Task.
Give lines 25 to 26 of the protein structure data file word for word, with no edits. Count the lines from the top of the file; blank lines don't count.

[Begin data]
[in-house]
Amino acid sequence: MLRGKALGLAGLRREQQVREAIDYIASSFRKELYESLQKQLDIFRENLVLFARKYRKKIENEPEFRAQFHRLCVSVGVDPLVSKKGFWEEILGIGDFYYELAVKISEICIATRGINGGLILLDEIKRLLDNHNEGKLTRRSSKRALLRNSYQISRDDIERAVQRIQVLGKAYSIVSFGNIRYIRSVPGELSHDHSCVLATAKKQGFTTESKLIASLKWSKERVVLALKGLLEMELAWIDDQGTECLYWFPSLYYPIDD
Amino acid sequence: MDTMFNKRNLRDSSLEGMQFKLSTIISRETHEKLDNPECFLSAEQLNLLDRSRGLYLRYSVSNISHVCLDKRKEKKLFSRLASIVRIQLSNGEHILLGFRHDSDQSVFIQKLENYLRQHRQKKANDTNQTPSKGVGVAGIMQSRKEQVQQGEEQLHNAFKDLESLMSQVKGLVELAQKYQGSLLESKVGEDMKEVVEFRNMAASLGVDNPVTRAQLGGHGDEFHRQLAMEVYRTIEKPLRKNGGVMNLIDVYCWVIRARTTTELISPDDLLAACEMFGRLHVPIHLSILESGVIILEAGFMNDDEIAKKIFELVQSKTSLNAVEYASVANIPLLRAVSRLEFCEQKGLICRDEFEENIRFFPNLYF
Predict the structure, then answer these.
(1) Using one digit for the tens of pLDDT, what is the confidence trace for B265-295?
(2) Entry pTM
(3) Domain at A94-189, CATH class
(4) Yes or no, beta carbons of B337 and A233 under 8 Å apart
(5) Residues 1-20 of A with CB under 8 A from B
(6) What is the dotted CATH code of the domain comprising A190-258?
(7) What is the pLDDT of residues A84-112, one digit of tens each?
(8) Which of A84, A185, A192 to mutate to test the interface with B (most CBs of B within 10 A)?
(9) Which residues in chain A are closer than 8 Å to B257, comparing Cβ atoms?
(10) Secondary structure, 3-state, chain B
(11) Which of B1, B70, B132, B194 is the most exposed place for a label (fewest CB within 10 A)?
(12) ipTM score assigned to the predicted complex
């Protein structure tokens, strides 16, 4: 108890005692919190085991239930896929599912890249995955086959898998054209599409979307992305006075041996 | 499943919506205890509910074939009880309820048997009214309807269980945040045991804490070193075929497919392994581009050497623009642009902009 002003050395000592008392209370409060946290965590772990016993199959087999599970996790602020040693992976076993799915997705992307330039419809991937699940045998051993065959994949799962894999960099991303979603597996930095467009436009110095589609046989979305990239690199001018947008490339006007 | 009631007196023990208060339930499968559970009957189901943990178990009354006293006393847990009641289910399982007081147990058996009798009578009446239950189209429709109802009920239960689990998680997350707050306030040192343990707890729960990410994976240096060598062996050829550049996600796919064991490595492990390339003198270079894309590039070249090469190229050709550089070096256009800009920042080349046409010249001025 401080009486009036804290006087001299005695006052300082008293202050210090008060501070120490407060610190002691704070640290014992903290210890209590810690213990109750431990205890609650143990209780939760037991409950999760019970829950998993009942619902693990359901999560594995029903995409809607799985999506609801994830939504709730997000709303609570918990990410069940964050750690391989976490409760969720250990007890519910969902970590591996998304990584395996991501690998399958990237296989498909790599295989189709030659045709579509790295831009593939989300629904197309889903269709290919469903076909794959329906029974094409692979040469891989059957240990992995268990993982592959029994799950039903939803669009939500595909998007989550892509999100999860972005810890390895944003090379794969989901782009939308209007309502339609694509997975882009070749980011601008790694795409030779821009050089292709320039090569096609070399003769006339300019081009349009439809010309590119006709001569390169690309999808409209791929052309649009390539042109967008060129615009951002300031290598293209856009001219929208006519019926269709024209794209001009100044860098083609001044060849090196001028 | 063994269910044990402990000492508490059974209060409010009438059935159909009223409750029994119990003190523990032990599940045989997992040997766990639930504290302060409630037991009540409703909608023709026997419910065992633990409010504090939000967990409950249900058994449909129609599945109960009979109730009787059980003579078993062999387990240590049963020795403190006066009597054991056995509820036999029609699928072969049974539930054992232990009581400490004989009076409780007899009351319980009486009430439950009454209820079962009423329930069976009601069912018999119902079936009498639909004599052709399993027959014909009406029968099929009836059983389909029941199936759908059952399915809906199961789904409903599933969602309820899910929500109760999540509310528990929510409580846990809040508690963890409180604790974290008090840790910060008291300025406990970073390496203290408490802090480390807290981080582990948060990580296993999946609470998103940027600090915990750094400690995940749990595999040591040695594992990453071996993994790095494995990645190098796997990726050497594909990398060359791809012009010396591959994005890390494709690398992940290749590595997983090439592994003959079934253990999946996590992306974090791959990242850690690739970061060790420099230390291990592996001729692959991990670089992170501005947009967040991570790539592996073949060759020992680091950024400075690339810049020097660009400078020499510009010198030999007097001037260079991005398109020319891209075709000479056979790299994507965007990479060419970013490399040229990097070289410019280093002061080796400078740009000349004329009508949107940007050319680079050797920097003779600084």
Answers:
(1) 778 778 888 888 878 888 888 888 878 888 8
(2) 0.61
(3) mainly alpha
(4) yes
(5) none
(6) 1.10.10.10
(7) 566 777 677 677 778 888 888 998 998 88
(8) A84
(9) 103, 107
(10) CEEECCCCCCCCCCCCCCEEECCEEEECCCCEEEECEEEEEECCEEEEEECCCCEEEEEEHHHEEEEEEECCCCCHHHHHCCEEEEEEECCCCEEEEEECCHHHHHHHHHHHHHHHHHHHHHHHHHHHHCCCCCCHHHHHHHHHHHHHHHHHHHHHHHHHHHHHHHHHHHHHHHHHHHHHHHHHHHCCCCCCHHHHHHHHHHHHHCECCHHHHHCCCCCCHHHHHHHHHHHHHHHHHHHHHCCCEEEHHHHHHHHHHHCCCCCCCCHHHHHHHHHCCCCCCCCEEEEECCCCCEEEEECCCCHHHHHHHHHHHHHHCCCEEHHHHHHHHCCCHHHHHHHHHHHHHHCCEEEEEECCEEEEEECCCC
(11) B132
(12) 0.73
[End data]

(7) 566 777 677 677 778 888 888 998 998 88
(8) A84